We started our journey with Templo Mayor, a 700-year-old Aztec temple, and took a guided tour of it. The ticket to the temple costs MXN 70 per person, and the guided tour in English was for MXN 300. It takes about 3-4 hours to explore the archeological remains and the museum. I would recommend this museum over other archeological museums in the Mexico city since this one had descriptions written in English.
Then we headed to Zocalo square for lunch. There are always some cultural events going on there. I would highly recommend trying out mangos (with chile) and corn (again, with chile) in the open market. While Zocalo is well-known, the lesser-known nearby university area is excellent for exploring the nightlife of Mexico city (“Ciudad de México”).
We took an early morning bus to Teotihuacan. An MXN 50 bus runs pretty regularly from the North Bus Terminal (“Terminal de Autobuses del Norte”). It takes about an hour to reach Teotihuacan. It opens up at 8 AM. I would recommend arriving early to avoid traffic. Also, don’t go there on Sunday since it is free for Mexican residents then. I would recommend all the three pyramids – Pyramid of the sun (“Piramide del sol”), which is the third-largest pyramid in the world, Pyramid of the moon (“Piramide de la Luna”), and the temple of Quetzalcoatl(“Templo de Quetzalcóatl”).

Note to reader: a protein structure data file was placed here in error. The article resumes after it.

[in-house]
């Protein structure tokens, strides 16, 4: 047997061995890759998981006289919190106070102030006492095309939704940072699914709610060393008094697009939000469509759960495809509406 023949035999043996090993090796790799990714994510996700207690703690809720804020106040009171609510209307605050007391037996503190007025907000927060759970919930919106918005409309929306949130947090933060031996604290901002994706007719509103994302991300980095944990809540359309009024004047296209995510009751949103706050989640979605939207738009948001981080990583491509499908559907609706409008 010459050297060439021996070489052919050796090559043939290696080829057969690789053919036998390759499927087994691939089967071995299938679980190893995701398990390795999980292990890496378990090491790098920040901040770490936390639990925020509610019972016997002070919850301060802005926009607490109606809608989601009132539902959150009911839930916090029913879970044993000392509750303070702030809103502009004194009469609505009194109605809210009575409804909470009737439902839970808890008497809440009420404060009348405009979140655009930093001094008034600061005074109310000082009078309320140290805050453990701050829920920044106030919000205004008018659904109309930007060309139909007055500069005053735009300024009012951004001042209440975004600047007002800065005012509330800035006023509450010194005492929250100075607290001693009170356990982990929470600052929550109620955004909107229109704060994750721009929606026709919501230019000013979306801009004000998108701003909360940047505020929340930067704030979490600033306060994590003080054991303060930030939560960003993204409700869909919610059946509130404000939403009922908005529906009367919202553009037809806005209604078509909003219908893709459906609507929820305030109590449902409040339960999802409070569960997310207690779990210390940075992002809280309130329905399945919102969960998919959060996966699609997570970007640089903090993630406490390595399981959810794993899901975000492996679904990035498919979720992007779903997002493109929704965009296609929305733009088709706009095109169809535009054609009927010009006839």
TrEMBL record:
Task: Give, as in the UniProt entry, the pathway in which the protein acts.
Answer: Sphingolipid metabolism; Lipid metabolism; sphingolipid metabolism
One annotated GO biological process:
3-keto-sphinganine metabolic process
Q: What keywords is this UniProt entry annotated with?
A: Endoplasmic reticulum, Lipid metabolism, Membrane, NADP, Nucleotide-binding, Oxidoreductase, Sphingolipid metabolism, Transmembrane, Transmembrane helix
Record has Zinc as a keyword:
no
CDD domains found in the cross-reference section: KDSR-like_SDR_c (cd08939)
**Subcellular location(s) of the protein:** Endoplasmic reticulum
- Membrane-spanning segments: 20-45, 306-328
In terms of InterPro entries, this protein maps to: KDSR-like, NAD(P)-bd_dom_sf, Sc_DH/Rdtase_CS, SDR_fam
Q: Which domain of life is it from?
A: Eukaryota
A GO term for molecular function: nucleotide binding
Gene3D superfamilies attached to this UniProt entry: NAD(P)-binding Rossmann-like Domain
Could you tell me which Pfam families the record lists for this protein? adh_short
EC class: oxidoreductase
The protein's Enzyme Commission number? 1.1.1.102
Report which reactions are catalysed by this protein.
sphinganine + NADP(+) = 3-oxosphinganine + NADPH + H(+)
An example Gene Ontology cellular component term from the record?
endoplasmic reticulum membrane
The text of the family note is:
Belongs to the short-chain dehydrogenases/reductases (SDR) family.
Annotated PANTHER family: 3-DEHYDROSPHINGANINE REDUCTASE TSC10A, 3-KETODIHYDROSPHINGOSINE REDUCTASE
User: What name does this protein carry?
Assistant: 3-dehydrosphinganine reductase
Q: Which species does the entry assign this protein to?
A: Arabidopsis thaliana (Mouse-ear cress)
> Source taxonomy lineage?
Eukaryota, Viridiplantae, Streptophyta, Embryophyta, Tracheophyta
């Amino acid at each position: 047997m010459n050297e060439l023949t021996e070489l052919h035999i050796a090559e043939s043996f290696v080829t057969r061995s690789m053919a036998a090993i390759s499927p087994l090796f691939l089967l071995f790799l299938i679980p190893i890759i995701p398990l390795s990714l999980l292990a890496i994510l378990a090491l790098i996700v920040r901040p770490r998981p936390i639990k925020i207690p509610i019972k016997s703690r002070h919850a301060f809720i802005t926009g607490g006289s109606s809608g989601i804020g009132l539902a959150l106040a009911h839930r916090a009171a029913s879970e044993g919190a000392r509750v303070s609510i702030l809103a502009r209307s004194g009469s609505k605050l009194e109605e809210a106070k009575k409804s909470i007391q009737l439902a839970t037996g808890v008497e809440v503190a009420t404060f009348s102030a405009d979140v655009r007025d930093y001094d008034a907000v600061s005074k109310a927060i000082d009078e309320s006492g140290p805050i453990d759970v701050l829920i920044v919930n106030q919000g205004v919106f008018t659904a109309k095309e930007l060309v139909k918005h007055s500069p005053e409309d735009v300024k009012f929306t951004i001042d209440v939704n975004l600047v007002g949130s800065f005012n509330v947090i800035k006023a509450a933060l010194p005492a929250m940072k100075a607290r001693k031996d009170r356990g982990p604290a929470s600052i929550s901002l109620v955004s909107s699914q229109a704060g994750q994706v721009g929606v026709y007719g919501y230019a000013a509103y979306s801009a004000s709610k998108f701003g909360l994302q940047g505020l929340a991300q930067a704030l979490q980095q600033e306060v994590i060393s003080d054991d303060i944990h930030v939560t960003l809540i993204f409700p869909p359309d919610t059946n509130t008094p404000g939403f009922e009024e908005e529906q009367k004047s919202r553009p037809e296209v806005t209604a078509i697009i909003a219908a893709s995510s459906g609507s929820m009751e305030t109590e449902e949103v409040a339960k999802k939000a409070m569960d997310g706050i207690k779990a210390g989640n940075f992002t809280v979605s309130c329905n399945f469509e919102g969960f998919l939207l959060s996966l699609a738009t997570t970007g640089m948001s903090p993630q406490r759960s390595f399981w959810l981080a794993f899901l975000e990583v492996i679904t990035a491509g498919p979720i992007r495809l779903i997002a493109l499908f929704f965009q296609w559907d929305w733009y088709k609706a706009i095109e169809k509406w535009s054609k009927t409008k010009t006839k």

On return to Mexico City, we decided to head to the Chapultepec Castle, a 300-year old castle from the colonial era. While Teotihuacan is fantastic, the castle is not that great, and you can skip it.
We took an early morning bus from the Poniente Bus terminal in Mexico City to Valle De Bravo. One can find the itinerary here. MXN 167 comfortable bus ride takes about 3 hours to the beautiful city of Valle De Bravo named after Mexican president and the hero of the battle with the US, Nicolas Bravo. The town is picturesque, sitting next to a lake, surrounded by beautiful lush-green mountains, cobblestone roads, and colonial-era architecture.
We did a short and steep hike to Mirador La Pena (“Lookout point”), which gave a majestic view of the city and the surroundings. The hike takes about 1-2 hours. Then we took an hour-long boat cruise in the lake.
For the rest of the day, the market and the cathedral area are a great area to hangout.
We started the day with Cascadas Velo De Novia (“Bridal Veil Falls”). The falls are far from Valle De Bravo, and an MXN 20 shared, or MXN 60 private taxi will take you there. The hike is about 1-2 hours and is relatively flat compared to Mirador La Pena
We took a boat ride in the afternoon in the lake, and in the evening, we took the Zina bus back to Mexico City.